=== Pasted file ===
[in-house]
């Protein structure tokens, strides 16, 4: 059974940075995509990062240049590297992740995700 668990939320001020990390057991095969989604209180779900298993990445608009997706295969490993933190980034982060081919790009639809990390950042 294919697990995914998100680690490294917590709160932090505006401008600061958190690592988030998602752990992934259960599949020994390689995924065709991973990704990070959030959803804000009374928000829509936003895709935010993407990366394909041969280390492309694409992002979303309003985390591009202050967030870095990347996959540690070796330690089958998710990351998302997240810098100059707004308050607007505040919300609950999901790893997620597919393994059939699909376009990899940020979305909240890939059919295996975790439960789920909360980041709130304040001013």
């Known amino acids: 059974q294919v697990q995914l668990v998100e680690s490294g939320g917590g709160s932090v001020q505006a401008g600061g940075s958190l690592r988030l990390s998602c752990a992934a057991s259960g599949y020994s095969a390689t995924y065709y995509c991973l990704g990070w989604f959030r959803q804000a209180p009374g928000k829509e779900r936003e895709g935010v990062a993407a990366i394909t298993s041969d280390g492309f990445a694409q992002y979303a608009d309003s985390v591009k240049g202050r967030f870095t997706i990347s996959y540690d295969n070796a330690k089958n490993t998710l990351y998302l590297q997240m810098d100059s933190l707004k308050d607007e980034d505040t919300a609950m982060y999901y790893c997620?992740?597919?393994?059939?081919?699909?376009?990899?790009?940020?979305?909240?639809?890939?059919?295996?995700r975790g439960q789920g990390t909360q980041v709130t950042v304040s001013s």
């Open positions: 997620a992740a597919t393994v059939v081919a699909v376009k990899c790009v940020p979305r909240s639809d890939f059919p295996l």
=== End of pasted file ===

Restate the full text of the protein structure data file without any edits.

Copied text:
[in-house]
């Protein structure tokens, strides 16, 4: 059974940075995509990062240049590297992740995700 668990939320001020990390057991095969989604209180779900298993990445608009997706295969490993933190980034982060081919790009639809990390950042 294919697990995914998100680690490294917590709160932090505006401008600061958190690592988030998602752990992934259960599949020994390689995924065709991973990704990070959030959803804000009374928000829509936003895709935010993407990366394909041969280390492309694409992002979303309003985390591009202050967030870095990347996959540690070796330690089958998710990351998302997240810098100059707004308050607007505040919300609950999901790893997620597919393994059939699909376009990899940020979305909240890939059919295996975790439960789920909360980041709130304040001013």
């Known amino acids: 059974q294919v697990q995914l668990v998100e680690s490294g939320g917590g709160s932090v001020q505006a401008g600061g940075s958190l690592r988030l990390s998602c752990a992934a057991s259960g599949y020994s095969a390689t995924y065709y995509c991973l990704g990070w989604f959030r959803q804000a209180p009374g928000k829509e779900r936003e895709g935010v990062a993407a990366i394909t298993s041969d280390g492309f990445a694409q992002y979303a608009d309003s985390v591009k240049g202050r967030f870095t997706i990347s996959y540690d295969n070796a330690k089958n490993t998710l990351y998302l590297q997240m810098d100059s933190l707004k308050d607007e980034d505040t919300a609950m982060y999901y790893c997620?992740?597919?393994?059939?081919?699909?376009?990899?790009?940020?979305?909240?639809?890939?059919?295996?995700r975790g439960q789920g990390t909360q980041v709130t950042v304040s001013s």
């Open positions: 997620a992740a597919t393994v059939v081919a699909v376009k990899c790009v940020p979305r909240s639809d890939f059919p295996l």